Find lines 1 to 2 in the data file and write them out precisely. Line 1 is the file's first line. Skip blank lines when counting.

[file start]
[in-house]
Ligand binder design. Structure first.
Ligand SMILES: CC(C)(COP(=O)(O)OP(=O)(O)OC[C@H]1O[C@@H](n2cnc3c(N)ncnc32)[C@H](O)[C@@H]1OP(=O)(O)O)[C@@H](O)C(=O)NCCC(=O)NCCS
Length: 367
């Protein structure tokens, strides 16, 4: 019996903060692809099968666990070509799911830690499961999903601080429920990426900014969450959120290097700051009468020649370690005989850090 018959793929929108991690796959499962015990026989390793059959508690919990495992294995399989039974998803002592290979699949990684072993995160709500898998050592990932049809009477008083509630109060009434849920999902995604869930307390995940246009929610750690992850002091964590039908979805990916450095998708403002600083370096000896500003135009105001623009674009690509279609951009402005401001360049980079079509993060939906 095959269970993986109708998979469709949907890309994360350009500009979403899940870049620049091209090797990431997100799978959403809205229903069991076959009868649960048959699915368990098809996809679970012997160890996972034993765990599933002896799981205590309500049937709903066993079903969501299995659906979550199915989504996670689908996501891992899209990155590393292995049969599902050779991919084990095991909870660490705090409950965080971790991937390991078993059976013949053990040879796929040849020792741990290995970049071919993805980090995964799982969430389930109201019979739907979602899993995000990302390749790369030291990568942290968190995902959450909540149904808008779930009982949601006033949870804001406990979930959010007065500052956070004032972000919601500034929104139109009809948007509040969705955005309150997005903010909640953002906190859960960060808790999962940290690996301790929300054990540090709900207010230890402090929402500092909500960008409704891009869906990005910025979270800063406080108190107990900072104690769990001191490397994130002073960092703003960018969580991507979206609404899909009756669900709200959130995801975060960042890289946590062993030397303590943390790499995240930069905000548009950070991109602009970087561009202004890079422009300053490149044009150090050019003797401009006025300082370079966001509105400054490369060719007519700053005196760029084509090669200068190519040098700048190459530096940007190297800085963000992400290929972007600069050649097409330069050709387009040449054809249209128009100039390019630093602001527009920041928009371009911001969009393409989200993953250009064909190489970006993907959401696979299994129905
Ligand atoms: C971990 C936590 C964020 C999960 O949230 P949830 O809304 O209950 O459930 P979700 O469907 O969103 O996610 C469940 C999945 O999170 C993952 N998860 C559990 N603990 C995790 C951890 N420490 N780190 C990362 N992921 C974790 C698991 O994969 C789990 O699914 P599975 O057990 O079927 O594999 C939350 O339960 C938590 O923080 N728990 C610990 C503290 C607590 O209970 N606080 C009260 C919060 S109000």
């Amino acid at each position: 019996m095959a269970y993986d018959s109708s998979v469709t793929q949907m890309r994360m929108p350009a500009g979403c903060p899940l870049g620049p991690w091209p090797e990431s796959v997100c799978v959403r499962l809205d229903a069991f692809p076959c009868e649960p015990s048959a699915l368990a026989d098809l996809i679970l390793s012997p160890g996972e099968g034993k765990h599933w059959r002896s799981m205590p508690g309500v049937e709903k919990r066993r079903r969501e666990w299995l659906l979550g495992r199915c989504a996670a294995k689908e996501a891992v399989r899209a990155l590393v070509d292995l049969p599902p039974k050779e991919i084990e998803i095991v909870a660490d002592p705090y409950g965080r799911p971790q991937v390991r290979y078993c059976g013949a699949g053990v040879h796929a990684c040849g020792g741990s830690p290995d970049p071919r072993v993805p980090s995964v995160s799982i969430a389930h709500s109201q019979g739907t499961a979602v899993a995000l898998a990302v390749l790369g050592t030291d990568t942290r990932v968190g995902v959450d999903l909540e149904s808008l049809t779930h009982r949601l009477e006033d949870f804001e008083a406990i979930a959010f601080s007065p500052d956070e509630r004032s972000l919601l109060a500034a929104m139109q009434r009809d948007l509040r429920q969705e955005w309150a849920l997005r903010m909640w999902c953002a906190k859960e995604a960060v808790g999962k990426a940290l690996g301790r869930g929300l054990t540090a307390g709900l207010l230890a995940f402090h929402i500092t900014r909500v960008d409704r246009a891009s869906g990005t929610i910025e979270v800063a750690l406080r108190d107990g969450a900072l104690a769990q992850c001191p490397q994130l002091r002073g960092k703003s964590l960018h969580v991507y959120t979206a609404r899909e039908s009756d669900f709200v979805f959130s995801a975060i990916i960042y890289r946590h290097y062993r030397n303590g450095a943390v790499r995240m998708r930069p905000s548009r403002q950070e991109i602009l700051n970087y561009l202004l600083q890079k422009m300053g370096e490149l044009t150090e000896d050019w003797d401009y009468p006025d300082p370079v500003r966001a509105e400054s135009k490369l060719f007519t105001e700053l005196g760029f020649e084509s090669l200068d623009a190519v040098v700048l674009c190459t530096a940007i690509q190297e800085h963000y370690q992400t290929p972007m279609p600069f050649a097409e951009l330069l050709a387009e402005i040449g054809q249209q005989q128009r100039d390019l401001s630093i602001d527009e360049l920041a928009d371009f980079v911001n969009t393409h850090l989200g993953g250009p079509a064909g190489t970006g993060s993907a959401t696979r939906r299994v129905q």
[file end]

[in-house]
Ligand binder design. Structure first.